How to Survive Your Dog’s Behavior Problems
I wrote the following article which was recently featured in the Dubuque Telegraph Herald Outdoor Magazine.
How to SURVIVE your dog’s behavior problems.
It’s that time of year again, you know, the “back to the new television season” time of year. When we all anxiously await our favorite shows to air each week so that we can find out “what happens next”
As a dog trainer I certainly advocate not getting too caught up in couch potato behavior, it doesn’t help Fido get his much needed exercise. However, I too have my personal favorites and enjoy curling up with my pack for some down time. I love SURVIVOR and it dawned on me the attraction is probably because it is so similar to the profession of dog training.
How so? Well take a look at the tag line for the show; OUTWIT, OUTPLAY, OUTLAST
That mantra sums up who wins the Survivor game but it also sums up the keys to training your dog and winning the battle against behavior problems. If you can Outwit, Outplay, and Outlast you can pretty much teach your dog to have impeccable manners in any situation.
Let’s measure this concept in regard to a common dog problem. The Door Charger. You know, the overly friendly; bundle of muscle and hair that hears every footfall as it turns up your sidewalk and enthusiastically begins the process of peeling the paint from your front door. You wrangle him away as your guests step in and next thing you know he breaks free to accost them with slobber and a tail capable of clearing small children from the room! A seventy-pound bundle of joy but a bit over the top when your friends try to visit. Let’s call him Crash and see how we might be able to solve this problem
We’ll begin with OUTWIT
Devise a strategy. You need a plan if you expect to win against Crash’s desire to propel himself into all the action. One possibility would be to teach him to perform an incompatible behavior to the jumping up. What does this mean? Simply put, your dog can’t do two things at once. So if we teach him to do something else when visitors arrive, he can’t be at the door going crazy. Consider having him lie down and stay in the kitchen or perhaps have him go to his bed and remain there until you tell him he is free.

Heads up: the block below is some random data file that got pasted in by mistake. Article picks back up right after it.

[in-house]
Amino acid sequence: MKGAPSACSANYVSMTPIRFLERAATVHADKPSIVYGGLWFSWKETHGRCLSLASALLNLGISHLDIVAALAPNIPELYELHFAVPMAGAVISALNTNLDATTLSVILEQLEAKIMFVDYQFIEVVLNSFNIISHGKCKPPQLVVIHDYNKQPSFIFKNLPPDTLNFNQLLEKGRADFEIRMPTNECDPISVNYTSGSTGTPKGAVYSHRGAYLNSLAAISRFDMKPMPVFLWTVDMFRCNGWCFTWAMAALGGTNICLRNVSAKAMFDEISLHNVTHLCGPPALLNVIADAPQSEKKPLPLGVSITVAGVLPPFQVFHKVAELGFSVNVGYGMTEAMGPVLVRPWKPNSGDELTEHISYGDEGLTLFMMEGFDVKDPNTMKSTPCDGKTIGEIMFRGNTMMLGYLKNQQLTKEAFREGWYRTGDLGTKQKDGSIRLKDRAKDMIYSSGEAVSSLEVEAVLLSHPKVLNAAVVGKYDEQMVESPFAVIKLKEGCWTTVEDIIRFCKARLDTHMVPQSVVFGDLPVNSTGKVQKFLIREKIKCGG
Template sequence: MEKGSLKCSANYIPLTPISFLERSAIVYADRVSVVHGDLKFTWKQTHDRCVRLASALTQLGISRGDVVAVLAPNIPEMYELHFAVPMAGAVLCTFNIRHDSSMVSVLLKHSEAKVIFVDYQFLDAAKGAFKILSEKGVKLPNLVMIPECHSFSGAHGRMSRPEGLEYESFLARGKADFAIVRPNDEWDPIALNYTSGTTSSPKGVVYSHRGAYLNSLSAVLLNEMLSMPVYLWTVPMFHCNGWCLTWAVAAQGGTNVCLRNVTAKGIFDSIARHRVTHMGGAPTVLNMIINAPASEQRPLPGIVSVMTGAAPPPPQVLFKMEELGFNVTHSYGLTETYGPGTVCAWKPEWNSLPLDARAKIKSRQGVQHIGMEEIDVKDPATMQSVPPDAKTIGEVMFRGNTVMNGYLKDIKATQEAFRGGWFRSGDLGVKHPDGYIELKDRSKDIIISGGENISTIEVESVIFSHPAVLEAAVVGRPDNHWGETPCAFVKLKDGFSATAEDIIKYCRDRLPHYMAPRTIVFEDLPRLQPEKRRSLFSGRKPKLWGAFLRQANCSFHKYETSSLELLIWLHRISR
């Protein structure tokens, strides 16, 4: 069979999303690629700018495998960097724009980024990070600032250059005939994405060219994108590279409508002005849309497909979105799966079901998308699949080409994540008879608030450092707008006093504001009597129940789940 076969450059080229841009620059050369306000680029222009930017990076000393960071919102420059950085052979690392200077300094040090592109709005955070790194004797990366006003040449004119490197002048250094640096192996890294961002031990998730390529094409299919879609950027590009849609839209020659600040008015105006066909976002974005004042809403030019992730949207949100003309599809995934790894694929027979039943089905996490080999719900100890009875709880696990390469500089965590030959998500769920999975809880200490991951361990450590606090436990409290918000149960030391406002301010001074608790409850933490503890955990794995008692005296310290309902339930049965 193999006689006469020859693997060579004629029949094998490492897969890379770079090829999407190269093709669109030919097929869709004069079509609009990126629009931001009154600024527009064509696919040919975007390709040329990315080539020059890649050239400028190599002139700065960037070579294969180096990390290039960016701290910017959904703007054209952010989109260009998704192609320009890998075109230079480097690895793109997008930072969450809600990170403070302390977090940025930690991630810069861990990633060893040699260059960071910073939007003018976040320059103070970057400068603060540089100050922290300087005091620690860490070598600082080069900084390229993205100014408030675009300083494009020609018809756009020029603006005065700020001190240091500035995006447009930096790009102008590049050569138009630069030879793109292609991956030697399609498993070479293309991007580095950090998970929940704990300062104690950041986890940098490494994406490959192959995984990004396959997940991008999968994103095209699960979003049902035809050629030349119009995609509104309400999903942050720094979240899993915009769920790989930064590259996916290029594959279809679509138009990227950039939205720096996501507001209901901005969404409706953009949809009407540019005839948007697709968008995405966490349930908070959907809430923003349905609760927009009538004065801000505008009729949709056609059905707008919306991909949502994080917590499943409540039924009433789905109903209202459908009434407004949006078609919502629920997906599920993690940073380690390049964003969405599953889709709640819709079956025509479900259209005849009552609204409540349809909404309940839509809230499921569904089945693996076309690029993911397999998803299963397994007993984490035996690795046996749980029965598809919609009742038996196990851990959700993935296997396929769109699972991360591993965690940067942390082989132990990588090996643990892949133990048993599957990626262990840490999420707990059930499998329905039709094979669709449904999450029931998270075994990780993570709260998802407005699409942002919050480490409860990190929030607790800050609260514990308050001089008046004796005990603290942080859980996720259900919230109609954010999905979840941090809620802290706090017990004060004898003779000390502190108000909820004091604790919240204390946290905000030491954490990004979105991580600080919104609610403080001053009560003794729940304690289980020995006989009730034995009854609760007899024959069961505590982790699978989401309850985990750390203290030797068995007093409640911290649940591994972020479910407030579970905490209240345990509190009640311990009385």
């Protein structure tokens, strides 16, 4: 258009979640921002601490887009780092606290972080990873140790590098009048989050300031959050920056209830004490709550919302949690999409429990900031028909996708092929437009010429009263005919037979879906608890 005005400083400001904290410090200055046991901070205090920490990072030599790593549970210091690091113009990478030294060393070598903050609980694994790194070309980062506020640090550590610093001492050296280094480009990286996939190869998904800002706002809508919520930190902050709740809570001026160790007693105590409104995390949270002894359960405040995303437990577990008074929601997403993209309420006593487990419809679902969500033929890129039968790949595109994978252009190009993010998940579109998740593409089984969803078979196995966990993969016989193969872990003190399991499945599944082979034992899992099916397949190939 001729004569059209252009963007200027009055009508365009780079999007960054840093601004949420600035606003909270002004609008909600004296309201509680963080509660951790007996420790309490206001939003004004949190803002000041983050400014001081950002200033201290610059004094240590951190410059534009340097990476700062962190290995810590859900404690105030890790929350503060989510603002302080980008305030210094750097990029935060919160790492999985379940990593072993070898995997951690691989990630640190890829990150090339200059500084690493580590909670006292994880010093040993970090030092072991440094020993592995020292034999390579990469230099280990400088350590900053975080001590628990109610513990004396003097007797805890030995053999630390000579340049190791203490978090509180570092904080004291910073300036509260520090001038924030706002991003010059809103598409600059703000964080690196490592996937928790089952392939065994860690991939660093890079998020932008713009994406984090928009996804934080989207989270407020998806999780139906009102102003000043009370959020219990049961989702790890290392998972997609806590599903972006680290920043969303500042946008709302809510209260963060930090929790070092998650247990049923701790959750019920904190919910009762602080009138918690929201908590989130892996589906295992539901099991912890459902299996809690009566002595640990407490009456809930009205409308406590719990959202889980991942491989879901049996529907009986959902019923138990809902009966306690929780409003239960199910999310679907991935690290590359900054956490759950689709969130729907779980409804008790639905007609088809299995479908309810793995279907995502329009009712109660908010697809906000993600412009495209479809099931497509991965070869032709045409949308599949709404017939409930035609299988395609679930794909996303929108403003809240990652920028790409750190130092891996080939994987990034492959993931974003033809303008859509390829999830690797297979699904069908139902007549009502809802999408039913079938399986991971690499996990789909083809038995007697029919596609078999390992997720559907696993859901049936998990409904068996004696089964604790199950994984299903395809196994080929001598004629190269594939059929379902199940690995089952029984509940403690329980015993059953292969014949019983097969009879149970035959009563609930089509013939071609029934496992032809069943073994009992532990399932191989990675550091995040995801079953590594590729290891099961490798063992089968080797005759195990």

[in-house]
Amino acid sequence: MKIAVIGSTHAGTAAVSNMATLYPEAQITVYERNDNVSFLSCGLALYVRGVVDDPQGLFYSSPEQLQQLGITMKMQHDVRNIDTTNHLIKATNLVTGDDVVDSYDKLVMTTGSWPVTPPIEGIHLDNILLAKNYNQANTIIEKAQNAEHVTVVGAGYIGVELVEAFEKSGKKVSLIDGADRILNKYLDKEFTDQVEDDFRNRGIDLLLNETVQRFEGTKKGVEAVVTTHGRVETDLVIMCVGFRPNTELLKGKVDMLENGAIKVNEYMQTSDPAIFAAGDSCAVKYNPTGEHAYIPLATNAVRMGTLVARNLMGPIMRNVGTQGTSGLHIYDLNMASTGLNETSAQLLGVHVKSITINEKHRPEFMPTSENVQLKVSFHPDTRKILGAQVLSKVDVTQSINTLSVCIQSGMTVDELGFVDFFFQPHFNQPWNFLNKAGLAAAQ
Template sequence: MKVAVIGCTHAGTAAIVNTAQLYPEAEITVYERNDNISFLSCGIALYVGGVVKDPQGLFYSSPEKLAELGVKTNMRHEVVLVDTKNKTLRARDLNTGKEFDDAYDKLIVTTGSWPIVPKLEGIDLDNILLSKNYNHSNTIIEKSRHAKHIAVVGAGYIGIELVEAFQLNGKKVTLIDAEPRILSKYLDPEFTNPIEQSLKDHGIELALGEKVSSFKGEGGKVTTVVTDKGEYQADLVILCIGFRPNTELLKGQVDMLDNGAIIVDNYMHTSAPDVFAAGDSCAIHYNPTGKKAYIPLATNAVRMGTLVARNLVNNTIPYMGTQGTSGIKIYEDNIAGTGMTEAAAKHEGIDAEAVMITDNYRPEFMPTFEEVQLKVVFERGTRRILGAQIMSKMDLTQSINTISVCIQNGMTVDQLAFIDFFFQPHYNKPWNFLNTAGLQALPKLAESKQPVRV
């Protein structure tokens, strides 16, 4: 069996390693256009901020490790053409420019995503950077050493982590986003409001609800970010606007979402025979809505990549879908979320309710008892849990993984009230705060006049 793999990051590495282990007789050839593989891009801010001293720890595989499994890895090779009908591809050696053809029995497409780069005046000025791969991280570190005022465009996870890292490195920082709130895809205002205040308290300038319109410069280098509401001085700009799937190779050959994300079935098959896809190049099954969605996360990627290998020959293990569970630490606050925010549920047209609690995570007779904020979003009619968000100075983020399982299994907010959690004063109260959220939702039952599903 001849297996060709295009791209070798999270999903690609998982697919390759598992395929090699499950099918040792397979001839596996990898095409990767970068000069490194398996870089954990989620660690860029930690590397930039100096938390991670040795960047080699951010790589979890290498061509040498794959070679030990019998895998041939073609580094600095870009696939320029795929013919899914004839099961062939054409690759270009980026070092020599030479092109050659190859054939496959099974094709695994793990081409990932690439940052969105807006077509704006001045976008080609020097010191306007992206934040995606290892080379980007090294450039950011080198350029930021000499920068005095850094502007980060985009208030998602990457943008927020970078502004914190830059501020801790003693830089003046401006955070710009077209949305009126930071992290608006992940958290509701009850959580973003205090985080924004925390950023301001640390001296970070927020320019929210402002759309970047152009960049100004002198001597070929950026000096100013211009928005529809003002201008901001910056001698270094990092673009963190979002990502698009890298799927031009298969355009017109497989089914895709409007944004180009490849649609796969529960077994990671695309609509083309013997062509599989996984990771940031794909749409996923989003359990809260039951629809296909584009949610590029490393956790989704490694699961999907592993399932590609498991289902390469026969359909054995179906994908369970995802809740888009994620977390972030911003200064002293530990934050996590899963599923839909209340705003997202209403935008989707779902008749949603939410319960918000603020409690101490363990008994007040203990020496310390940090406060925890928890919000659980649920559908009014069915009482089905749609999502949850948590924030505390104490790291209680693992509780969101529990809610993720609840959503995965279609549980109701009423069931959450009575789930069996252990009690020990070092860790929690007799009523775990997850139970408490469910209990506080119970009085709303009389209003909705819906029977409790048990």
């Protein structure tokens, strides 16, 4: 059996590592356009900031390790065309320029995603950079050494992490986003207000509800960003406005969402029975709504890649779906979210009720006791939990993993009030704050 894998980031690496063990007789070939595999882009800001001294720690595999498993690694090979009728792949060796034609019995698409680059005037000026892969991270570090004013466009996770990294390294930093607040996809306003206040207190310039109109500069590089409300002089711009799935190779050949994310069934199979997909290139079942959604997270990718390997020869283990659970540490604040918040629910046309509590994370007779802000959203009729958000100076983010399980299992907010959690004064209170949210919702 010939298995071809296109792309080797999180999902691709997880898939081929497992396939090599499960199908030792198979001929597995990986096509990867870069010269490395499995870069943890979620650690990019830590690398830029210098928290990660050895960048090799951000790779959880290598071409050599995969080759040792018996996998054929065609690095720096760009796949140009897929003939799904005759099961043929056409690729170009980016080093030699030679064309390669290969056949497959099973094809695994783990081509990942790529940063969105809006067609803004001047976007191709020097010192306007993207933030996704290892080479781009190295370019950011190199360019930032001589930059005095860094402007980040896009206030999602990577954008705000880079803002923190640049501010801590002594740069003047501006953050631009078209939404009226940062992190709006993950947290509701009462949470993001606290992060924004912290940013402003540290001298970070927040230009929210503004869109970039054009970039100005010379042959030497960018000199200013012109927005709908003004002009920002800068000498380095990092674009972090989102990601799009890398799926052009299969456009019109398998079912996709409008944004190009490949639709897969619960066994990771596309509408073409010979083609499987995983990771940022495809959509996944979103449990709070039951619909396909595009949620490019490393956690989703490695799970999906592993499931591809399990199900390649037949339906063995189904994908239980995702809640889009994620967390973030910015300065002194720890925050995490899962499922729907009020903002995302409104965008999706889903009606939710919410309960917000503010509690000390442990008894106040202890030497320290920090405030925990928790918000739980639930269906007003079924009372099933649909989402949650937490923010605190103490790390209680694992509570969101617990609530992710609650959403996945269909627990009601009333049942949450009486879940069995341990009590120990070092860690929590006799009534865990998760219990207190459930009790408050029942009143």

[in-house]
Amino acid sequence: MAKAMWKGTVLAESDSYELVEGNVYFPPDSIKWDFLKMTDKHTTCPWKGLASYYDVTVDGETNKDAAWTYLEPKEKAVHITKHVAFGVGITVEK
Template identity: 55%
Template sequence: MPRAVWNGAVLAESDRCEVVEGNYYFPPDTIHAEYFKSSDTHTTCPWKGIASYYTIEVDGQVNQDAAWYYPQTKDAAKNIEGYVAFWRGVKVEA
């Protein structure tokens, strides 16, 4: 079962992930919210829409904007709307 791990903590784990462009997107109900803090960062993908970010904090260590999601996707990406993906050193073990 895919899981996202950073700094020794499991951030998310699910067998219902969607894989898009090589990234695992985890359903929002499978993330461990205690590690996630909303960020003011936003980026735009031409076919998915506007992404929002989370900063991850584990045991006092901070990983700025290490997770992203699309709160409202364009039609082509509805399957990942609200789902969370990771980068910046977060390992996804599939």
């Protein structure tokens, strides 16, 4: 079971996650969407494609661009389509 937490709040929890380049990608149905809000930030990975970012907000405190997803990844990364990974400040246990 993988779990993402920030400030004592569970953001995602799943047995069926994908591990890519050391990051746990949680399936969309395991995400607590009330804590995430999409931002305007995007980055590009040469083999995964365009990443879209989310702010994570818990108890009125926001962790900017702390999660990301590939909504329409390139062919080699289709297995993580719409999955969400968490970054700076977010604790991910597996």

Next we must OUTPLAY
Your strategy must be effective. If what you are practicing is NOT working, then it is not effective in changing his habits. If Crash won’t go to his bed when told and certainly won’t stay there, then you must find an effective way to make that happen. Consider a leash as the simplest way of enforcing what you expect. With a leash on him you can escort him to his bed, restrain him until he settles in and then reward him for the good behavior. And yes, he is going to try to get up as soon as you move away. Your responsibility is to put him back and enforce your new expectation each time he moves.
And finally you must OUTLAST.
This is probably where most people fall short in their dog training efforts. You must be consistent and expect repetition if you want to get solid results. How much repetition, well that depends on the dog. Some are certainly more biddable than others. It is reasonable to expect you will need to repeat your efforts every time someone comes to the door for a least a few weeks and perhaps a few months. And you must be absolutely consistent with each visitor that arrives. If not, Crash will simply outlast you. He will persist in his self-rewarding behavior if you allow it. Stay vigilant and practice having him do the right thing each and every time some one comes to the door. And remember to praise him for it so that this new habit can be equally as rewarding for him.
So the next time you tune into Survivor think about the similarity between your dog training efforts and the top competitors in the game. If you are playing like a pro you will get to the end and reap the prize; a great dog who makes you proud of his good manners. Oh and you might also notice both the cast-a-ways and your dog are capable of consuming some pretty nasty entrees!